6. Click Advanced Options
  7. Click System restore
  8. Follow the instructions to complete the process

Check if this restores your account. If it persists, try the next solution.


4. Perform a System Reset

  1. Sign in through your Guest account
  2. Lock the computer by pressing Windows key + L on the keyboard
  3. Click on the Power button
  4. Hold Shift then click Restart
  5. Click Troubleshoot
  6. Click Reset
  7. Follow the instructions to complete the process, then check if Windows is re-installed.

If the issue is still there, try the next solution.


5. Reinstall the previous operating system then perform another Windows Upgrade

Reinstall your computer’s previous operating system using the installation CD/DVD, then upgrade to Windows 10 again.


6. Boot into Safe Mode then use Built-in Administrator

Safe mode starts up your computer with limited files and drivers but Windows will still run. To know whether you’re on Safe mode, you’ll see the words at the corners of your screen.

If the issue persists, check whether it occurs while your computer is in Safe mode.

There are two versions:

  • Safe mode
  • Safe mode with Networking

The two are similar, though the latter includes network drivers and other services necessary to access the web and other computers in the same network.

Follow these steps to start your computer in Safe Mode:

  1. Click on Start button
  2. Select Settings – the Settings box will open up
  3. Click Update & Security
  4. Select Recovery from the left pane
  5. Go to Advanced startupadvanced startup recovery windows 10
  6. Click Restart now
  7. Select Troubleshoot from the choose an option screen, then click Advanced options
  8. Go to Startup Settings and click Restart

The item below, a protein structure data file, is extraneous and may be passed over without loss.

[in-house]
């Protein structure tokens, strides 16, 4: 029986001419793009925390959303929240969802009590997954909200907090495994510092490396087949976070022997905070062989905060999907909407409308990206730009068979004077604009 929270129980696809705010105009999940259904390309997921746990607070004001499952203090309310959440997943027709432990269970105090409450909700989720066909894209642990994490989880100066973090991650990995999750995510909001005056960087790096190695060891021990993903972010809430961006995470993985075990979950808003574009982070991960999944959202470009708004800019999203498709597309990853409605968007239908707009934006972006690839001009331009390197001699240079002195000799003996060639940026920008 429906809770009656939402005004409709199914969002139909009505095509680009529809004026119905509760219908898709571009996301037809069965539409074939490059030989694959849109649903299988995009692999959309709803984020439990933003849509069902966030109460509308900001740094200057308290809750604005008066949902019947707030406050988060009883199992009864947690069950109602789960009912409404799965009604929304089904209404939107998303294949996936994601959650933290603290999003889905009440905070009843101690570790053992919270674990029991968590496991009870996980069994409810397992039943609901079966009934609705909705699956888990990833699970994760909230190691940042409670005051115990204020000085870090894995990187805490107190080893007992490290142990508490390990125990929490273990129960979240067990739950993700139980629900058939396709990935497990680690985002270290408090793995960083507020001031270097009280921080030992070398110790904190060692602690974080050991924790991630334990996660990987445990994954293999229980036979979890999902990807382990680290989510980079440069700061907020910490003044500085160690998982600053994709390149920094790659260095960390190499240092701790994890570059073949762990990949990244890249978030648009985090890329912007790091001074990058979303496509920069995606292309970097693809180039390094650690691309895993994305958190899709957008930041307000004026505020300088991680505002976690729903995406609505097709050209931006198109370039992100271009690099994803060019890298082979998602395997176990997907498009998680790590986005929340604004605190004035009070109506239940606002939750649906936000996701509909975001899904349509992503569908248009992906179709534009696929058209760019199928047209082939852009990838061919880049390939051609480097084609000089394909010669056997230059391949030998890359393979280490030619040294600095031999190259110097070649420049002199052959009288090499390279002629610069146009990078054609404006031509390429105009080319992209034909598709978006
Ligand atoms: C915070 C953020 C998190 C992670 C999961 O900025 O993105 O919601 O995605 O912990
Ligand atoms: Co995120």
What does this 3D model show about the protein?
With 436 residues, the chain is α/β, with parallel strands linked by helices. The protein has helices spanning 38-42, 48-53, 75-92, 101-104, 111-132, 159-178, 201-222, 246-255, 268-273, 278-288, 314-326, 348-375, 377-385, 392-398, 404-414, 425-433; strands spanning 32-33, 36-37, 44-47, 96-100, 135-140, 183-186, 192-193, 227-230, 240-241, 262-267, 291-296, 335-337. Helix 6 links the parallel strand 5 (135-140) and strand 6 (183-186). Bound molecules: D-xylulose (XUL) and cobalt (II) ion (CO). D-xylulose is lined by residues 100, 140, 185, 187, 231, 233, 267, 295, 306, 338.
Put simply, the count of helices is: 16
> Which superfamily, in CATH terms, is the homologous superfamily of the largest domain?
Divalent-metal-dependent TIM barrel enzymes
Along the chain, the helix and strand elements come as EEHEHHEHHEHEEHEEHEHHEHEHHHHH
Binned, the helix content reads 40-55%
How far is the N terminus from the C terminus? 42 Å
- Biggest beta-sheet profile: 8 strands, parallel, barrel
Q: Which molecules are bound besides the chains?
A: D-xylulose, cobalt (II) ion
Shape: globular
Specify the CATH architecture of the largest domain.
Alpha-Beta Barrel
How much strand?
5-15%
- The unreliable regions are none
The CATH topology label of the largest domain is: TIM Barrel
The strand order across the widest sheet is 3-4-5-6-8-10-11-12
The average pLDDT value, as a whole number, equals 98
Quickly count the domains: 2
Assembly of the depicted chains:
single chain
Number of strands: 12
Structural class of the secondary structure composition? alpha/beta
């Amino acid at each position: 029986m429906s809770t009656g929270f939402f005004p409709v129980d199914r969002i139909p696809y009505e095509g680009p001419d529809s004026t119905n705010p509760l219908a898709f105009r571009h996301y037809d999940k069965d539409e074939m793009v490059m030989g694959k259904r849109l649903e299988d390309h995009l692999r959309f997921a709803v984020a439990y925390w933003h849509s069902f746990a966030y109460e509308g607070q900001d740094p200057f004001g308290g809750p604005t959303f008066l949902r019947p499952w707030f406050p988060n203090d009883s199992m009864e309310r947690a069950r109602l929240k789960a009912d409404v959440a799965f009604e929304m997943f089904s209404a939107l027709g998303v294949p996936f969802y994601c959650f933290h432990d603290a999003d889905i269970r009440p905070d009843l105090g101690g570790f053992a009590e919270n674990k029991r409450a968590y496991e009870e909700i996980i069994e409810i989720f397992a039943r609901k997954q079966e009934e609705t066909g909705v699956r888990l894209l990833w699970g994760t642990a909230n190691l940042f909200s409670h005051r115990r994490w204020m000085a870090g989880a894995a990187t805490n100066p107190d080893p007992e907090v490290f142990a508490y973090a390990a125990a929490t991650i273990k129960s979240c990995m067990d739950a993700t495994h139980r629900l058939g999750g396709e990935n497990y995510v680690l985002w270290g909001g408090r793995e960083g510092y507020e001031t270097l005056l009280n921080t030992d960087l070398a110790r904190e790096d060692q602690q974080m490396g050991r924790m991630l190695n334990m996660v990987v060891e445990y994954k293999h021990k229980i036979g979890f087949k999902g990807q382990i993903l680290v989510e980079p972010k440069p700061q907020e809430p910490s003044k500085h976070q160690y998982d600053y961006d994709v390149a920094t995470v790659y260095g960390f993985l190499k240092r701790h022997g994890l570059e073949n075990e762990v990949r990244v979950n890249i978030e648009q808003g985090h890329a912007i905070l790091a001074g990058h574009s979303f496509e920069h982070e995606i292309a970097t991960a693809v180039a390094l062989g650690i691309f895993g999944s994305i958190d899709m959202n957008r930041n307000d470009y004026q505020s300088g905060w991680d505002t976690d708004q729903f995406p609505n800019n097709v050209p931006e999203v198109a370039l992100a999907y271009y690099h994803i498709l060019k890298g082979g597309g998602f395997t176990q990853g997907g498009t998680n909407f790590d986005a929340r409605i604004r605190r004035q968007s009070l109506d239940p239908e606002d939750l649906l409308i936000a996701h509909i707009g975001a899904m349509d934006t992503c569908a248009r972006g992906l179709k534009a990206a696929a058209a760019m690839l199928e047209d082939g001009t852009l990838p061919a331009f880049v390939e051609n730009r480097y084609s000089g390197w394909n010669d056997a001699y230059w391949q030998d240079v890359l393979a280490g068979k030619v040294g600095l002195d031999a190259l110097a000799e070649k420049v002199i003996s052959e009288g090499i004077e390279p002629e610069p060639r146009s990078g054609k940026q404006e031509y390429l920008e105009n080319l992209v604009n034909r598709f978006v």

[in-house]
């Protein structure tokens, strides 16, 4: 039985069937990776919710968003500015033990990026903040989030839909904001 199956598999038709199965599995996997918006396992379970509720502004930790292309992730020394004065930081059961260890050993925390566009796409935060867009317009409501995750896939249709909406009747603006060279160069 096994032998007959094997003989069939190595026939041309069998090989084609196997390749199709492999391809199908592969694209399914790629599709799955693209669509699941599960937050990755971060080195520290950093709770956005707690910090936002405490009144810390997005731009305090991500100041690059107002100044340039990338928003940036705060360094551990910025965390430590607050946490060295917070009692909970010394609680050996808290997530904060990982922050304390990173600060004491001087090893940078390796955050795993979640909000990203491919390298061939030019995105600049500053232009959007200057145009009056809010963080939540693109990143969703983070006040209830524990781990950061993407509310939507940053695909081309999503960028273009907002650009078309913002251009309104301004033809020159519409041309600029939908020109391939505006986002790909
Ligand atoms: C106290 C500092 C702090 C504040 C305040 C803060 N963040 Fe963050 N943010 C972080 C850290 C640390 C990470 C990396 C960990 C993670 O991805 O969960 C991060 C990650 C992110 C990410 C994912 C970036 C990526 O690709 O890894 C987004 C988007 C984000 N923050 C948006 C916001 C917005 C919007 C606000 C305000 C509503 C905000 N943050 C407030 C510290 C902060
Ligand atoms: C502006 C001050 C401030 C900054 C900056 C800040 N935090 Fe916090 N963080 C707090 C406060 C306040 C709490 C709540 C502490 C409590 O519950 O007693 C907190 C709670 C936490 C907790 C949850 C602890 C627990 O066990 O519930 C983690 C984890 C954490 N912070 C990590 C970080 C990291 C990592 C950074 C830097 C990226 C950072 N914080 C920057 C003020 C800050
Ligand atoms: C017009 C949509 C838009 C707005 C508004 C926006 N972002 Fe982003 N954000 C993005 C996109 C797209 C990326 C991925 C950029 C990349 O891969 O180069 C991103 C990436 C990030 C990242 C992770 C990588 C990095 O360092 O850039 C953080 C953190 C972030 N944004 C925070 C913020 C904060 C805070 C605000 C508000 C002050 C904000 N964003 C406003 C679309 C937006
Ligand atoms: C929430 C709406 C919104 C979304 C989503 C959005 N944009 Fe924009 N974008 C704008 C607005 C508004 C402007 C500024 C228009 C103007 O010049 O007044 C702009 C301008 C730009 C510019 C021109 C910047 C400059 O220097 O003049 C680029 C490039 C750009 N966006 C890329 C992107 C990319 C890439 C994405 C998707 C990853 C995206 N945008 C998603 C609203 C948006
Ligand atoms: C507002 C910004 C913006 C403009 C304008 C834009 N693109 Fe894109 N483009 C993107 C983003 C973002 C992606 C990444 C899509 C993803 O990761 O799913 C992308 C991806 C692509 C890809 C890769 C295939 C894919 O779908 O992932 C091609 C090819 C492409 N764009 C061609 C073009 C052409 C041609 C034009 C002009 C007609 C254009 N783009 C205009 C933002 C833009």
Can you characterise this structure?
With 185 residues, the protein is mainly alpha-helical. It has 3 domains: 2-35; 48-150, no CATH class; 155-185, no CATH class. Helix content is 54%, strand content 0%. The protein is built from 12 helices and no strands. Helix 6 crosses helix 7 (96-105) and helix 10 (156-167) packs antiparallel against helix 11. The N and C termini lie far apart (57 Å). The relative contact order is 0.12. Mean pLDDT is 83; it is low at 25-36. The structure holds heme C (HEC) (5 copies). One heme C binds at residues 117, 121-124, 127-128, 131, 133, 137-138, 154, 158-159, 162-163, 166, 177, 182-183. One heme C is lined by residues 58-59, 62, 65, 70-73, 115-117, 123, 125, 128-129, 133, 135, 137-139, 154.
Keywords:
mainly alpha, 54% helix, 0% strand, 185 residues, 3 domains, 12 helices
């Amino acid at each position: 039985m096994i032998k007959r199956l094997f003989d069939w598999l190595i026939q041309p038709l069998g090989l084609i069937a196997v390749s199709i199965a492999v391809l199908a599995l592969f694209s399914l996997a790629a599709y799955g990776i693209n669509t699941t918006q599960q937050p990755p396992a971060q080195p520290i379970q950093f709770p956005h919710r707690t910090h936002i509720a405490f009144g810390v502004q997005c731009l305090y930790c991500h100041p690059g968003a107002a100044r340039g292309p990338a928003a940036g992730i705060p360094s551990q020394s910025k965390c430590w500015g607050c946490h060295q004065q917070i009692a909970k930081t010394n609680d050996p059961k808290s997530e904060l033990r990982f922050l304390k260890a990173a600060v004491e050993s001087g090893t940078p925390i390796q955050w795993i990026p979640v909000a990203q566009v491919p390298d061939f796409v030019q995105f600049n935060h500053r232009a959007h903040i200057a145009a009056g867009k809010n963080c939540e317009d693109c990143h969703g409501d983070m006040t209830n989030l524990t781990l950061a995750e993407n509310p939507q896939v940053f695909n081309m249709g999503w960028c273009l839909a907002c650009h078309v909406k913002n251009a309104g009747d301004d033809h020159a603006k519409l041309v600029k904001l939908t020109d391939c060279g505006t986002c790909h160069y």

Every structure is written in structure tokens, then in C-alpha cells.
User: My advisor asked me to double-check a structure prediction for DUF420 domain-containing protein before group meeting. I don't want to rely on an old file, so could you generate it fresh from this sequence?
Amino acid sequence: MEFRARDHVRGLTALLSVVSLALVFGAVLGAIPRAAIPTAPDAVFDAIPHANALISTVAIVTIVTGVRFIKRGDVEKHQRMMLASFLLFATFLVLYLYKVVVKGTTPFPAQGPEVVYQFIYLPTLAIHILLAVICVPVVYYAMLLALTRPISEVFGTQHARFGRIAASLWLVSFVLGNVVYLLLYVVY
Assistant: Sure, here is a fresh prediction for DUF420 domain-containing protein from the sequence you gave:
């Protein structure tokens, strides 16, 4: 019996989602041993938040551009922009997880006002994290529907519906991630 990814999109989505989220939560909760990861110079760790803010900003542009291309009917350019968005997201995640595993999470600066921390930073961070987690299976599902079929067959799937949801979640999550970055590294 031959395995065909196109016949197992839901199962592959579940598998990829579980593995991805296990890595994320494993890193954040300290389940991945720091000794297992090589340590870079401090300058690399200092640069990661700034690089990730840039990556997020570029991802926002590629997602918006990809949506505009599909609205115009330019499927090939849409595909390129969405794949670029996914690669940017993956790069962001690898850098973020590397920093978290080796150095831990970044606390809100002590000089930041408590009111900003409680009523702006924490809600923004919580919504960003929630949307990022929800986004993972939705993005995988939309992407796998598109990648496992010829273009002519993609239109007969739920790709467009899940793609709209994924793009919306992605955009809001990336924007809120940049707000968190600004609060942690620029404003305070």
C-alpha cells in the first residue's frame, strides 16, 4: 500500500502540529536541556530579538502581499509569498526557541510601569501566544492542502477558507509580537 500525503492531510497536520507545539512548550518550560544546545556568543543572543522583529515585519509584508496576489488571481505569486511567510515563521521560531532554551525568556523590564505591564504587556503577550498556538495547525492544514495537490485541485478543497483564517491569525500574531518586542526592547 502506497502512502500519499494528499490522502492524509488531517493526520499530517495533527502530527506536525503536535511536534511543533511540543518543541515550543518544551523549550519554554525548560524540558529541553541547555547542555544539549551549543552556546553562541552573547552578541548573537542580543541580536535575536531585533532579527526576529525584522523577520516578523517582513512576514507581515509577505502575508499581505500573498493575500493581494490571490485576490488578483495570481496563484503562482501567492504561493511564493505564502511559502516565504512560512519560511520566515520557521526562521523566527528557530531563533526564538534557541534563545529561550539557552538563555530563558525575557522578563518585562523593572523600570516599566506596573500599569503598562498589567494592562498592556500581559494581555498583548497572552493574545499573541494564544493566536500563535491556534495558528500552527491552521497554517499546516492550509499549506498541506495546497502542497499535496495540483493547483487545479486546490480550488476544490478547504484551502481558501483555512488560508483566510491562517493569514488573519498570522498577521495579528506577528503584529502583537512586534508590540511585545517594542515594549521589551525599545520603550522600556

9. Once your computer restarts, a list of options will come up.startup settings enable safe mode
  10. Choose 4 or F4 to start your computer in Safe Mode

 

A quicker way to get into Safe Mode is to restart your computer then do the following:

  1. From the Choose an option screen, select Troubleshoot>Advanced options>Startup Settings>Restart
  2. Once your computer restarts, a list of options will come up.
  3. Choose 4 or F4 to start your computer in Safe Mode

Once you’re in Safe Mode, the built-in admin account should become automatically available for you to use (it doesn’t come with a default password).

Use the built-in admin account to reset your own administrator account password, then restart your computer to resume operation normalcy.

If you didn’t have any other accounts and you were already using built-in admin account, you have to erase the computer, and then re-install windows. This involves rebooting while pressing a special key such as DEL or ESC.

Contact your computer’s manufacturer before you do it.

Any luck with these solutions? Let us know by leaving us a comment in the section below.

Editor’s Note: This post was originally published in October 2017 and has been since completely revamped and updated for freshness, accuracy, and comprehensiveness.